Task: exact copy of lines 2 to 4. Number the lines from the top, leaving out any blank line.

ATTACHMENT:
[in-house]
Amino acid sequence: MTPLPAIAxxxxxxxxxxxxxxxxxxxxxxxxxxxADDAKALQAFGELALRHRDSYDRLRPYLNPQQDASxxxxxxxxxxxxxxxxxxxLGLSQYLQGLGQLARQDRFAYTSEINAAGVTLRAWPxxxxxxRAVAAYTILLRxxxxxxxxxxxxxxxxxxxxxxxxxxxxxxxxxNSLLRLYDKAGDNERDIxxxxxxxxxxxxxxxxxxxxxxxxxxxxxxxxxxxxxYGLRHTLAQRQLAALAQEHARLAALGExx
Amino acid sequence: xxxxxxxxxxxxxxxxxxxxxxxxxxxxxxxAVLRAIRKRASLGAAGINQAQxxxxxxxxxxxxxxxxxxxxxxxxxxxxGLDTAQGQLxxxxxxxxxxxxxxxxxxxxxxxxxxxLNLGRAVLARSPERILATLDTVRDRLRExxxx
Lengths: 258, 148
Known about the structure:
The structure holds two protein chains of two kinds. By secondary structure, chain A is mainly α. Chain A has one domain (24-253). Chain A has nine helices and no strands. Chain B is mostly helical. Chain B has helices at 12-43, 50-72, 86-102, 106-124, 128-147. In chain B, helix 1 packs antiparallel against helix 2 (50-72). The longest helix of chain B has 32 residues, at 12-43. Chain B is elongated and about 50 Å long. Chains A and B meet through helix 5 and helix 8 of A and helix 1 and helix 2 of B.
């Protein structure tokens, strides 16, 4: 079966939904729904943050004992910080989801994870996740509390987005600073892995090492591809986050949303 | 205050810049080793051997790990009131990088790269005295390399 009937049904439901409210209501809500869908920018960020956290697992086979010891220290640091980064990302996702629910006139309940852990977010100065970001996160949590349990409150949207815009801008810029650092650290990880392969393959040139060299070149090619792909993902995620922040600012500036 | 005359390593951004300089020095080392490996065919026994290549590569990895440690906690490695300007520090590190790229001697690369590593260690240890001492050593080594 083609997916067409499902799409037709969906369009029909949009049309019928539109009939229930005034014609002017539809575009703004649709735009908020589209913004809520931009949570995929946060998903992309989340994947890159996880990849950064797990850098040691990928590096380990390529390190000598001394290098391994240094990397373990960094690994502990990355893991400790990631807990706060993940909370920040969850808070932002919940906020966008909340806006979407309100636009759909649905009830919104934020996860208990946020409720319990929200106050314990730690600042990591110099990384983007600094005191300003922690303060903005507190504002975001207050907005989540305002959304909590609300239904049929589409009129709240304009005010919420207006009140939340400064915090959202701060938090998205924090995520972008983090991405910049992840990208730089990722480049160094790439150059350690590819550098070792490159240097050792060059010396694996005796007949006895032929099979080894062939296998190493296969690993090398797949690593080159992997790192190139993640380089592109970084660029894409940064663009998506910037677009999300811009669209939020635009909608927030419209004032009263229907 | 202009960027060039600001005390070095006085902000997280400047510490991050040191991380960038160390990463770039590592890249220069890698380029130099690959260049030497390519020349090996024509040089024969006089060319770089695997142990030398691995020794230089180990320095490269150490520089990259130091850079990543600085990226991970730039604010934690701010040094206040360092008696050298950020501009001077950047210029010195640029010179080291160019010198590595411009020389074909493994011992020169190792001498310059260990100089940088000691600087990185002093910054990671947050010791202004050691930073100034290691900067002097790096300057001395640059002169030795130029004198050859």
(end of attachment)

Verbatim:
Amino acid sequence: MTPLPAIAxxxxxxxxxxxxxxxxxxxxxxxxxxxADDAKALQAFGELALRHRDSYDRLRPYLNPQQDASxxxxxxxxxxxxxxxxxxxLGLSQYLQGLGQLARQDRFAYTSEINAAGVTLRAWPxxxxxxRAVAAYTILLRxxxxxxxxxxxxxxxxxxxxxxxxxxxxxxxxxNSLLRLYDKAGDNERDIxxxxxxxxxxxxxxxxxxxxxxxxxxxxxxxxxxxxxYGLRHTLAQRQLAALAQEHARLAALGExx
Amino acid sequence: xxxxxxxxxxxxxxxxxxxxxxxxxxxxxxxAVLRAIRKRASLGAAGINQAQxxxxxxxxxxxxxxxxxxxxxxxxxxxxGLDTAQGQLxxxxxxxxxxxxxxxxxxxxxxxxxxxLNLGRAVLARSPERILATLDTVRDRLRExxxx
Lengths: 258, 148